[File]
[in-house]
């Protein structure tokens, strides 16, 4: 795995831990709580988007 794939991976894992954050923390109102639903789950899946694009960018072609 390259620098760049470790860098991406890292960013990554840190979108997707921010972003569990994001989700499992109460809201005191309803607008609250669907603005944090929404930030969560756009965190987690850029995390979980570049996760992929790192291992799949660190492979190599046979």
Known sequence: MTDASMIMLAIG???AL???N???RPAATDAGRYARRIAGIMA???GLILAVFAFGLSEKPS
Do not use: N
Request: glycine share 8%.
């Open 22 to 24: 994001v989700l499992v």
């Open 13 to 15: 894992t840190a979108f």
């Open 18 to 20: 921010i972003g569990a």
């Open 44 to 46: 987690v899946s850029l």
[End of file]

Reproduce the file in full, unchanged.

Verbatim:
[in-house]
């Protein structure tokens, strides 16, 4: 795995831990709580988007 794939991976894992954050923390109102639903789950899946694009960018072609 390259620098760049470790860098991406890292960013990554840190979108997707921010972003569990994001989700499992109460809201005191309803607008609250669907603005944090929404930030969560756009965190987690850029995390979980570049996760992929790192291992799949660190492979190599046979």
Known sequence: MTDASMIMLAIG???AL???N???RPAATDAGRYARRIAGIMA???GLILAVFAFGLSEKPS
Do not use: N
Request: glycine share 8%.
């Open 22 to 24: 994001v989700l499992v």
């Open 13 to 15: 894992t840190a979108f």
């Open 18 to 20: 921010i972003g569990a």
């Open 44 to 46: 987690v899946s850029l």